At BoingBoing, Douglas Rushkoff has a lovely mention of Personal Days (along with Sara Ryan's The Rules for Hearts, one of "Two Fast Reads...with surprisingly enduring flavor"), calling it among other things a "black comedy about downsizing [that] brings an almost Beckett-like sense of reduction to the dwindling office."
I'm especially psyched by his mention of Elvis Costello's "Beyond Belief," the first track on Imperial Bedroom. It's a song about which I have had a couple of thoughts over the years!
1) I might have read this somewhere, can't remember, but: One fascinating thing about this shortish song is that the melody is constantly changing. Can you call the verses verses? The chords are very simple: D-G, D-F for the most part (with a G-Gm for the bridge and the single "chorus," see below); he (w)rings ceaseless changes out of this progression, his voice hunting high and low, as they say...
2) ...which led me to think of this song as E.C.'s self-conscious statement on his own songwriting prowess, which was arguably at its peak on IB. (The song's placement at the start of this album supports this view—a salvo of sorts.) He inundates the song with cliché in order to show how effortlessly he can move beyond it; wordplay and puns abound; he piles on hook after hook so that there is no single hook—the energy and invention never flag.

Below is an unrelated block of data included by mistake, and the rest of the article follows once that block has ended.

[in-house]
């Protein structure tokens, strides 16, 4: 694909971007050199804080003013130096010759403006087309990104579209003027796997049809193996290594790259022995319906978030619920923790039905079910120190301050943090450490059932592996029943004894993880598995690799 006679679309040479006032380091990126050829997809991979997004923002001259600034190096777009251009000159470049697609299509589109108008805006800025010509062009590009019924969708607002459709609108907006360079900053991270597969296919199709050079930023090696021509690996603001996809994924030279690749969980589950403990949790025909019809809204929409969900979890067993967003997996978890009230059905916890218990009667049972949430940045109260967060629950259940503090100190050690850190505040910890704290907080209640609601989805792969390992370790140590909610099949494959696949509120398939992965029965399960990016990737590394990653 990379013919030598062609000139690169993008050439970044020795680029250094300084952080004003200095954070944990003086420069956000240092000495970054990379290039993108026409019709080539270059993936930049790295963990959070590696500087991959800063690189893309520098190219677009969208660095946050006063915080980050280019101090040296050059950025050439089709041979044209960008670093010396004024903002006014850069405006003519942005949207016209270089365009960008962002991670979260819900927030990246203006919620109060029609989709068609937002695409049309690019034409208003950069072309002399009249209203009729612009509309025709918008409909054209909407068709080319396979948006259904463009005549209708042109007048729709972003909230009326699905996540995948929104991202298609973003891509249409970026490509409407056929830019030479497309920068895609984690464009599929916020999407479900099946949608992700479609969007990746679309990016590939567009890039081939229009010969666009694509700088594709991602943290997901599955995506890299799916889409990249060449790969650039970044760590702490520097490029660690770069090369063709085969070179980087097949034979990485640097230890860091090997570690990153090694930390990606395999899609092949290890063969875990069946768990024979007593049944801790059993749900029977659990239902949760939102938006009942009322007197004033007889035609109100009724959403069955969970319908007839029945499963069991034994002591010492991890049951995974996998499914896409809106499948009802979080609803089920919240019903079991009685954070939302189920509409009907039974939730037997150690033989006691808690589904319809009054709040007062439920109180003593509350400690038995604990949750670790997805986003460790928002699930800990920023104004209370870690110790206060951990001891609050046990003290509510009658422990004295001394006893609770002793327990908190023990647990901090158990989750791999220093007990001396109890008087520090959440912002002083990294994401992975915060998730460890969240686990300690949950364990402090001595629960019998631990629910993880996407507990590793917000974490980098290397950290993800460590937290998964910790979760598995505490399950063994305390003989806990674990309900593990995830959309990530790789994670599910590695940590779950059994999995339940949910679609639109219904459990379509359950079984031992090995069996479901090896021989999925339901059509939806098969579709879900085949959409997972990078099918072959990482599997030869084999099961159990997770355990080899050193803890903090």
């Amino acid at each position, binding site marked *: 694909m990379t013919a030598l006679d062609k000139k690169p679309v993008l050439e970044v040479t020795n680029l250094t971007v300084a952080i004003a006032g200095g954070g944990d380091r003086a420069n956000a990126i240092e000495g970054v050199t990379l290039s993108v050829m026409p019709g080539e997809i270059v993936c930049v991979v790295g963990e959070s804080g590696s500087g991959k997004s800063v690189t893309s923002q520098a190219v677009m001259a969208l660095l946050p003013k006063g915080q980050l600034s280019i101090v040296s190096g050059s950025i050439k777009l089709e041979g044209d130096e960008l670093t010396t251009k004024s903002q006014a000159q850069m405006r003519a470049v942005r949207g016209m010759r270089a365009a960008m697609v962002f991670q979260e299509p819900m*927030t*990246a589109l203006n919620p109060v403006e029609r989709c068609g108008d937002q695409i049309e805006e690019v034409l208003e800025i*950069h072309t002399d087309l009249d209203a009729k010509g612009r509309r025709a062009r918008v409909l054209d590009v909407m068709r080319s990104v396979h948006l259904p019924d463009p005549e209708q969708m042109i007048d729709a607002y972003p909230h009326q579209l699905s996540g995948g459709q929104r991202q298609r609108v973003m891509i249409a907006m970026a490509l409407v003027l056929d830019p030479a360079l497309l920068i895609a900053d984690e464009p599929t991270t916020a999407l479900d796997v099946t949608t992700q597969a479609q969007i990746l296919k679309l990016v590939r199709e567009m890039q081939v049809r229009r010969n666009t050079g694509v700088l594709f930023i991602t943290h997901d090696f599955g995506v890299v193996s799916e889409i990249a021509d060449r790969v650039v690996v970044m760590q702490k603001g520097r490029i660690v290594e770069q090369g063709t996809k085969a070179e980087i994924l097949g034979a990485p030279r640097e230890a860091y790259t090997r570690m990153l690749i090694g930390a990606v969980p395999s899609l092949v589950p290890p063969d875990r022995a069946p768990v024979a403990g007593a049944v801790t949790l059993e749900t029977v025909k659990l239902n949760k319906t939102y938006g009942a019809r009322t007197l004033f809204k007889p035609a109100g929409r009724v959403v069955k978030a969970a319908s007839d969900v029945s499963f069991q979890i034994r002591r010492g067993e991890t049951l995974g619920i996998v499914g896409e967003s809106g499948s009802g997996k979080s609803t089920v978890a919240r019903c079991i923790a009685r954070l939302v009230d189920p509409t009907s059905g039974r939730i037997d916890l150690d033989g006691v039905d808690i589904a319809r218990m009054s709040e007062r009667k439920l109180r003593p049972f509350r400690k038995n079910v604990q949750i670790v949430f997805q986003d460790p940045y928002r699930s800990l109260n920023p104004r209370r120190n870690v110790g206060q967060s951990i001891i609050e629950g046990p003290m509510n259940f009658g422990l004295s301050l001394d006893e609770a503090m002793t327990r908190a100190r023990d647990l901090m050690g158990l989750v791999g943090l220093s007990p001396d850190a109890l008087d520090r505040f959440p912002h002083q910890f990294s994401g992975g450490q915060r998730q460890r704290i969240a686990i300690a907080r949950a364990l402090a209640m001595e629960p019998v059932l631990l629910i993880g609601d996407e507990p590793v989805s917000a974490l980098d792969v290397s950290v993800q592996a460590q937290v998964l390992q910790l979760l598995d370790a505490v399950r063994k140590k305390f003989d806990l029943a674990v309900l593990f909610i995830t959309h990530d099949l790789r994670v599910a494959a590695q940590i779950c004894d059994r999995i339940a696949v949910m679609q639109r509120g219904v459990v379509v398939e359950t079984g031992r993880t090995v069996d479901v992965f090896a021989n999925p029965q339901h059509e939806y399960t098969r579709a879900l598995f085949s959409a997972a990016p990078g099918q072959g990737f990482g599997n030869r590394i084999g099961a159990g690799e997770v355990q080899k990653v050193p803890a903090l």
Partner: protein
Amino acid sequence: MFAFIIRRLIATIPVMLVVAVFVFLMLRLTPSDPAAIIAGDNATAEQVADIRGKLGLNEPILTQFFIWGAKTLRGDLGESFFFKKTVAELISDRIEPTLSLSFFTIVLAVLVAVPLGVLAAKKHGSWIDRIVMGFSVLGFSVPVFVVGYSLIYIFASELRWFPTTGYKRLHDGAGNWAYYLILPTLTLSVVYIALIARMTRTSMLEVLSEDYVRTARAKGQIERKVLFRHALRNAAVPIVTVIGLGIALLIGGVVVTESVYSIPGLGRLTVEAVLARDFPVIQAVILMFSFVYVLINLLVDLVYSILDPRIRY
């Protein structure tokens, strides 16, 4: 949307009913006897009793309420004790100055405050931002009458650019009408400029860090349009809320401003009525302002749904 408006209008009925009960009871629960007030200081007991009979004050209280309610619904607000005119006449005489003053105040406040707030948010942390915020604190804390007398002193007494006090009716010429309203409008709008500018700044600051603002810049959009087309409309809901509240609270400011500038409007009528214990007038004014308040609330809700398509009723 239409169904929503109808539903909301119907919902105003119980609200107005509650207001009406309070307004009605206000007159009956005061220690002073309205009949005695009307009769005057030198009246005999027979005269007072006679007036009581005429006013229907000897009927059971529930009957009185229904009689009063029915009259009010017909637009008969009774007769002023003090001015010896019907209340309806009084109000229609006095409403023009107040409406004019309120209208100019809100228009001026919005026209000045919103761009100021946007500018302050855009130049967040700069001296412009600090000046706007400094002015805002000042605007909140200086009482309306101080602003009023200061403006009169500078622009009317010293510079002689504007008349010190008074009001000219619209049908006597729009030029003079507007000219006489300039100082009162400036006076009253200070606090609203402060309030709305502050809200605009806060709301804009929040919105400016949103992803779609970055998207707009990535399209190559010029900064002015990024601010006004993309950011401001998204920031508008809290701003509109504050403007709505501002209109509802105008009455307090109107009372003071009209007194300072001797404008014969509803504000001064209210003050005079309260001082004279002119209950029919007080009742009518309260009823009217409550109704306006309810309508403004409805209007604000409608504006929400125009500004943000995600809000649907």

And to what end? Why squander it, spend it all, on such a short song (2m 34s.)? I think this is E.C. realizing the power of his talent (which will be on full if less furious display on IB), demonstrating it in superconcentrated form. "Just like the canals on Mars or the Great Barrier Reef, I come to you beyond belief," he sings at the end of the bridge. He's a force of nature.
But this isn't braggadocio; E.C. will also acknowledge the pitfalls of such a talent. In the outro (the closest thing to a chorus, the song's single repeated line), he anticipates criticism and also criticizes himself: "I've got a feeling I'm gonna get a lot of grief/Once this seemed so appealing, now I am beyond belief." (Here are all the lyrics.) It's as if he's both dazzled and exasperated by his own abilities.
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Other notes: Bret Easton Ellis's next novel is called Imperial Bedroom, which you could read about here if the L.A. Times would just not get rid of its articles...News of a new Pynchon novel...Levi Stahl on Anthony Powell on Barbara Skelton's memoir, Tears Before Bedtime (which gives its title to track 2 on Imperial Bedroom!)...Delusions of grandeur: I thought Andrew Gelman had invoked Nabokov and James Joyce (in talking about PD)—but no, he was referring to James Jones. Heyyy—I'll still take it!...Phil Nugent on the Biden-Palin debate...Steven Pinker in NYT: "Listeners who hear the Minnewegian sounds of the characters from ‘Fargo’ when they listen to Ms. Palin are on to something: the Matanuska-Susitna Valley in Alaska, where she grew up, was settled by farmers from Minnesota during the Depression."